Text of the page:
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Explaining backlash to trans and non-binary genders in the context of UK Gender Recognition Act reform

Luke Armitage

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This paper analyses responses to the 2018 Gender Recognition Act reform consultation in the UK, exploring reasons behind the widespread anti-trans sentiment in this context. It compares the conservative Christian roots of traditional opposition to LGBT+ rights, which is still the major source of anti-trans politics in the US, with the rise in prominence of a specific feminist opposition to trans rights in the last few years in the UK. It then explores why the beliefs of relatively small groups have had such a compelling influence on a wider audience in the general population. It argues that the gendered socialisation we all experience through education, media, and political institutions creates a baseline belief in gender determinism and oppositional sexism, and as many people’s main source of information about trans people is the recent surge in related media, a trans moral panic propagated through mainstream and social media easily creates misinformed beliefs about trans issues. A major conclusion of this paper is that trans people have been constructed in the public imagination predominantly in terms of threat- threat to investment in gendered norms, threat to one’s own gender identity, and for marginalised groups including women and also other LGBT+ people, threat to their own in-group resources and desires for assimilation into mainstream culture. Anti-trans sentiment is therefore not only about ideology, but also has important emotional components that should not be overlooked when considering ways to tackle transphobia.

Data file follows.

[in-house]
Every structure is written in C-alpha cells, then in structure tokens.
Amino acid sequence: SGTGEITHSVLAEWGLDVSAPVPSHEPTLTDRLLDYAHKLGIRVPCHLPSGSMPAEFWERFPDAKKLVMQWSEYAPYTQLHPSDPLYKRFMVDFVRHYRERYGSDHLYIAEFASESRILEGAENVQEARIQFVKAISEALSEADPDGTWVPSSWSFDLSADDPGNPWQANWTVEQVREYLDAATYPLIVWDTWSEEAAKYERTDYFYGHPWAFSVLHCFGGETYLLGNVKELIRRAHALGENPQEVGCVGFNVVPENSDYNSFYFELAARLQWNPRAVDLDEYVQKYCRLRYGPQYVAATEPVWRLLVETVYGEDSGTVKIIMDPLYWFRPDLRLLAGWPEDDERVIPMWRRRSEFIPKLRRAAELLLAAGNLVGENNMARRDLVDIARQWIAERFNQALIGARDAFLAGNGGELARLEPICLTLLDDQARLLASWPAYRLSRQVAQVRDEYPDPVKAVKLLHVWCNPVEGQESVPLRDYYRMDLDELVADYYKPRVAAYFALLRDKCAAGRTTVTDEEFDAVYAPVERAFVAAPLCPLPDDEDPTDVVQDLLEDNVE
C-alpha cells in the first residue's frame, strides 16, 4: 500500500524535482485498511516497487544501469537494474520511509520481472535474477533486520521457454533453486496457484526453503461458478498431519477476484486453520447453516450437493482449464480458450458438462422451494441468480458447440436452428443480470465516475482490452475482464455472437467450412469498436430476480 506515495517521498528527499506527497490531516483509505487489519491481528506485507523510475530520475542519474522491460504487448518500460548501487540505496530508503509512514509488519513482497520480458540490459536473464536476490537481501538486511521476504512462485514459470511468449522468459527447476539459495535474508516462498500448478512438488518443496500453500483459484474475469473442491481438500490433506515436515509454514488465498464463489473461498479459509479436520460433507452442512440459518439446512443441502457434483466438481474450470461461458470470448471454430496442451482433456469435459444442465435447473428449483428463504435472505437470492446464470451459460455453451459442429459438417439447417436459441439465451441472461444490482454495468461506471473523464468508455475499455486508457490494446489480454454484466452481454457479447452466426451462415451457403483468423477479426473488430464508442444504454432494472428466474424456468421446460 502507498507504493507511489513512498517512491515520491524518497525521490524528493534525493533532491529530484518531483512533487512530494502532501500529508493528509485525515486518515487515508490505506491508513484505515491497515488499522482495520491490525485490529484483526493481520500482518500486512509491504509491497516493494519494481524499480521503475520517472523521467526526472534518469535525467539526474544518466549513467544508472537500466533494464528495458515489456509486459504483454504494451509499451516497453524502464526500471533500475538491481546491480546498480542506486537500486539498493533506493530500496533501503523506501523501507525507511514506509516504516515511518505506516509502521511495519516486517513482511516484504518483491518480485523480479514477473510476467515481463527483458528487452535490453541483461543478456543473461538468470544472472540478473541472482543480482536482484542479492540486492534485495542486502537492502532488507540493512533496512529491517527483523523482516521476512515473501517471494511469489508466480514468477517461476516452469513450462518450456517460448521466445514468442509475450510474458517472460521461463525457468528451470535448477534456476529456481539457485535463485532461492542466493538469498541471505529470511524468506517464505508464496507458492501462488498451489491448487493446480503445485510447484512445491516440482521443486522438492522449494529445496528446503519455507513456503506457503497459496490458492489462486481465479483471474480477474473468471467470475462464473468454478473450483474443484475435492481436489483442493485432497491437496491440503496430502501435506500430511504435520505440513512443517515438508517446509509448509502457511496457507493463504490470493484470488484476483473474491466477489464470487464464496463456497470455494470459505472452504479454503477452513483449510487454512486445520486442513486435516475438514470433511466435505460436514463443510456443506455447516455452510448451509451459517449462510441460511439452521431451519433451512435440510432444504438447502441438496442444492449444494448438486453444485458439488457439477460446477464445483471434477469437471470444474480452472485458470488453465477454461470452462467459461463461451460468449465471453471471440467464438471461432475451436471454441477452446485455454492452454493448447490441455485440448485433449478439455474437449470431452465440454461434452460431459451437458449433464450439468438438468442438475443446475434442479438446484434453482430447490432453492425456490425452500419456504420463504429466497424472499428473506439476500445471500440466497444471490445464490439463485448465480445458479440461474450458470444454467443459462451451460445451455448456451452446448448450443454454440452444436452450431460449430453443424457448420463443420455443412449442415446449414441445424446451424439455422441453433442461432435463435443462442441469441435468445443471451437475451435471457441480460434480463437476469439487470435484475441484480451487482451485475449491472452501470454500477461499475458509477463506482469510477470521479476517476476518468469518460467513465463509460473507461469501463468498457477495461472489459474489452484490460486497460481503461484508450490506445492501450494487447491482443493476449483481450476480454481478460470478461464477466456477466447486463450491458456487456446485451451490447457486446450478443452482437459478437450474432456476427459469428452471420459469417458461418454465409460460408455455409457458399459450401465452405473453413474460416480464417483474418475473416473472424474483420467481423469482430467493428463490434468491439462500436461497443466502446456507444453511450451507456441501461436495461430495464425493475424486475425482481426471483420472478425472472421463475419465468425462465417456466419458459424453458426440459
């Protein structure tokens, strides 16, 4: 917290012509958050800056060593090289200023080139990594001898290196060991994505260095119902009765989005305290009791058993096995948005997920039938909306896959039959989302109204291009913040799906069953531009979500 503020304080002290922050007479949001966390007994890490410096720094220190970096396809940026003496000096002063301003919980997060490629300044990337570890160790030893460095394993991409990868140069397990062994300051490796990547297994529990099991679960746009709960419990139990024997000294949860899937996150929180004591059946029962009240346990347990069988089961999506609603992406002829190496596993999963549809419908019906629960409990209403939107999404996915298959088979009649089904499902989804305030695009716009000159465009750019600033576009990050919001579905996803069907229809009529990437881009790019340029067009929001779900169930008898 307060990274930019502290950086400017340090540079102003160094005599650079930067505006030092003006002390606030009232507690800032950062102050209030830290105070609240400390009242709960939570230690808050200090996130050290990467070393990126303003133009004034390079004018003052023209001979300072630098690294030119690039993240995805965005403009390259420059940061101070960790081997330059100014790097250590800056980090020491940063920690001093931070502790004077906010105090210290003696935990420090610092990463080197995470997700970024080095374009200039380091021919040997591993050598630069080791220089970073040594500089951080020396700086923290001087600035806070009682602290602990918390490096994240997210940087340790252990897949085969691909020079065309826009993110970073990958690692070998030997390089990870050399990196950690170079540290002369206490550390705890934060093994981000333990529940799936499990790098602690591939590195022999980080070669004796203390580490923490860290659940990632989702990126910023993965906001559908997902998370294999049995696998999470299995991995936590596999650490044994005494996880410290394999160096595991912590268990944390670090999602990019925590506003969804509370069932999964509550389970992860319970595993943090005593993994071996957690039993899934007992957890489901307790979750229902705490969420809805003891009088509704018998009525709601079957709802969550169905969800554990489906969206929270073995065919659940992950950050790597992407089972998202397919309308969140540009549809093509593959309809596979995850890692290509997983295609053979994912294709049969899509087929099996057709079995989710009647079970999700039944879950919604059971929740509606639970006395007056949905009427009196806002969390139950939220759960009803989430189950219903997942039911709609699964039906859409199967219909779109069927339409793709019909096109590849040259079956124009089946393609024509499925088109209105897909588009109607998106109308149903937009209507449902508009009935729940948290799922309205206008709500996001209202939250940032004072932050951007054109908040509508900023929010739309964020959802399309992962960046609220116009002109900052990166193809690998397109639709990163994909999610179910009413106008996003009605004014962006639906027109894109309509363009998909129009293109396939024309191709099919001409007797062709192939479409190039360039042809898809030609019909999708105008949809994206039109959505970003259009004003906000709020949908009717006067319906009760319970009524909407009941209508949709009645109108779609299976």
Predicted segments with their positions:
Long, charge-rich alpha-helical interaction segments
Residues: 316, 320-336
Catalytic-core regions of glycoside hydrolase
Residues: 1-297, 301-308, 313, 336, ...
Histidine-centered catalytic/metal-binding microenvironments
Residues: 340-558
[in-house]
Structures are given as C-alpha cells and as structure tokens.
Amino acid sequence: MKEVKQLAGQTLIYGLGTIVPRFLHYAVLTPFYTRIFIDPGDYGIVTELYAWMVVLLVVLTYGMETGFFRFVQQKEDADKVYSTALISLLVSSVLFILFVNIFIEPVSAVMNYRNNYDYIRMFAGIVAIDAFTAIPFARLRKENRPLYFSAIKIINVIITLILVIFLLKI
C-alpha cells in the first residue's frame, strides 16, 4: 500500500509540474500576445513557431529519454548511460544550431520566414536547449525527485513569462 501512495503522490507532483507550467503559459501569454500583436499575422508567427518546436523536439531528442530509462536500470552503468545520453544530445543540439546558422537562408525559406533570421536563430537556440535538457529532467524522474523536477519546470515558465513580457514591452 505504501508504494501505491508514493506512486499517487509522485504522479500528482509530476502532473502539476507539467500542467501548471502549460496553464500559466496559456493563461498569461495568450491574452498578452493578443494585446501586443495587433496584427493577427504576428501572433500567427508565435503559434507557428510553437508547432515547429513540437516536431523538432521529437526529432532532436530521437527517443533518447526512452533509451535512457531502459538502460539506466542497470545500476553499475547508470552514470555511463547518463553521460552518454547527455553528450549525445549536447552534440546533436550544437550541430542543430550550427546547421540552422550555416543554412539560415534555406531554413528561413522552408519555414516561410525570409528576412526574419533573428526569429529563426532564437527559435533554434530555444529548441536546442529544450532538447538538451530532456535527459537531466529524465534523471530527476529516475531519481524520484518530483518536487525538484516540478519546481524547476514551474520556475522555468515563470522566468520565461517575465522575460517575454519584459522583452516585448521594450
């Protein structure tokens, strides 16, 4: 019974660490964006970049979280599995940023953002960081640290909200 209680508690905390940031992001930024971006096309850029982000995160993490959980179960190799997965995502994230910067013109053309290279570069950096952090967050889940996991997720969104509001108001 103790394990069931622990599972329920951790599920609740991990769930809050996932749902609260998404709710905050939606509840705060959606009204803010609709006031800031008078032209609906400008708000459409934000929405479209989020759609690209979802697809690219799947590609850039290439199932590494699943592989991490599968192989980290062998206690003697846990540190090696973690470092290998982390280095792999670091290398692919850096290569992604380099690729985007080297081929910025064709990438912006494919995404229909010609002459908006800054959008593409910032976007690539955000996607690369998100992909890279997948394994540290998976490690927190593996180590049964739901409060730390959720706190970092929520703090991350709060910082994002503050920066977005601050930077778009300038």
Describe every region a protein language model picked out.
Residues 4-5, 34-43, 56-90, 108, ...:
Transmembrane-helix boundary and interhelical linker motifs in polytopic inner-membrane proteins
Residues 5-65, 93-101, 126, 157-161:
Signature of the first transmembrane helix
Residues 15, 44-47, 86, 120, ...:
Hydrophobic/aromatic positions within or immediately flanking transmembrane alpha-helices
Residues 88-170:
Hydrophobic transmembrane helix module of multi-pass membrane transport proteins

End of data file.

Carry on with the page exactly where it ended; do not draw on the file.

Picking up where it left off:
Key words: trans, non-binary, Gender Recognition Act, moral panic, backlash, transnormativity


Bibliography: Armitage, Luke: Explaining backlash to trans and non-binary genders in the context of UK Gender Recognition Act reform, INSEP – Journal of the International Network for Sexual Ethics & Politics, Vol. 8, Special Issue 2020, pp. 11-35.